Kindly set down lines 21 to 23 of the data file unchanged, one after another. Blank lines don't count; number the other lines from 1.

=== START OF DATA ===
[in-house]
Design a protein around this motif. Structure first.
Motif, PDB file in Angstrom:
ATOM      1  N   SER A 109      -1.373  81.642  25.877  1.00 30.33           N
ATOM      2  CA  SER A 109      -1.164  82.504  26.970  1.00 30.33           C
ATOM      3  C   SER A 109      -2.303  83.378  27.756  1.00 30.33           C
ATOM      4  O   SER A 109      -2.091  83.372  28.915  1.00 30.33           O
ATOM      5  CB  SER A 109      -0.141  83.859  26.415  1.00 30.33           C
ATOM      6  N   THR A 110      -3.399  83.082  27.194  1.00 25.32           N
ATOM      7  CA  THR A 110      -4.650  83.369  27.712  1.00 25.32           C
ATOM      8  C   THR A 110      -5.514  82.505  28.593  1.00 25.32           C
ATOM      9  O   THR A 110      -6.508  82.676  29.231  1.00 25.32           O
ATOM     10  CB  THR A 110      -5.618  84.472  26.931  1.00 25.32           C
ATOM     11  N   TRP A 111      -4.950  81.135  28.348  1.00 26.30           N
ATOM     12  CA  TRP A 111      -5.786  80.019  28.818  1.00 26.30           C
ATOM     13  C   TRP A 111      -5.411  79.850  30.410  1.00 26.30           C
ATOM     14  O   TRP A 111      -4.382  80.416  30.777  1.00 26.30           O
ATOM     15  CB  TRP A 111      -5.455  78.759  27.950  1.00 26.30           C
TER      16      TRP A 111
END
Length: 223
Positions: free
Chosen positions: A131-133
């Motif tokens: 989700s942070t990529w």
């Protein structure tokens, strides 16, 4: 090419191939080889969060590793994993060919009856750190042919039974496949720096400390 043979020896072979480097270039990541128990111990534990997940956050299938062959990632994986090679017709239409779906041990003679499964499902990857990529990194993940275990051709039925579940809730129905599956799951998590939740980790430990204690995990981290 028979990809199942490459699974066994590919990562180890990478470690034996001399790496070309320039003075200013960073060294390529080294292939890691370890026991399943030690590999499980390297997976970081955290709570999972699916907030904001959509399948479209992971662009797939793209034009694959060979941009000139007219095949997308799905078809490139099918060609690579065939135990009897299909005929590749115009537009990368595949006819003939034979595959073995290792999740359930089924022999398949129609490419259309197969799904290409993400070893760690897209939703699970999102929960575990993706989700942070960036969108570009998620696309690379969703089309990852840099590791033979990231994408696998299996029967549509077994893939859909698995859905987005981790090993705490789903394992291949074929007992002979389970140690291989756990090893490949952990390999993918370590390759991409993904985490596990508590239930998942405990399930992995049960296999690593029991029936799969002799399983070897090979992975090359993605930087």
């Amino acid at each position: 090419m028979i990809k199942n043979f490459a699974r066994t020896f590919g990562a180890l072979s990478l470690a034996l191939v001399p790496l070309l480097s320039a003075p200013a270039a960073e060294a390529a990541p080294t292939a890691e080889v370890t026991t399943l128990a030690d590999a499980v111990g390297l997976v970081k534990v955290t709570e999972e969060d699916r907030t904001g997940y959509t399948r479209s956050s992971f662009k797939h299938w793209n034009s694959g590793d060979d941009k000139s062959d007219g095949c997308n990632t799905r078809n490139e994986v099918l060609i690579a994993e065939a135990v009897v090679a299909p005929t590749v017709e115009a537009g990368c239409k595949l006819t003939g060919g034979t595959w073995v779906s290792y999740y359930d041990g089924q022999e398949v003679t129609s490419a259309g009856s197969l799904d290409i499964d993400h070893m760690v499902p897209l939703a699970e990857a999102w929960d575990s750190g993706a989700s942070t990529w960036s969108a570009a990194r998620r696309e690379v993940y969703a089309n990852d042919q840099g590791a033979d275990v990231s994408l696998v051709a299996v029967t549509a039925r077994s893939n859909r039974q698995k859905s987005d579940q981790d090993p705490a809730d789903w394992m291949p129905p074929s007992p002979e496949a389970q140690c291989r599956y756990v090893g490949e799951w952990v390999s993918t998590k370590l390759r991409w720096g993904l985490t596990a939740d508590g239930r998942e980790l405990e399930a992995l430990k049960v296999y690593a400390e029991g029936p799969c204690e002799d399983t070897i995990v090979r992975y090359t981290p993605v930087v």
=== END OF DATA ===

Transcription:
Length: 223
Positions: free
Chosen positions: A131-133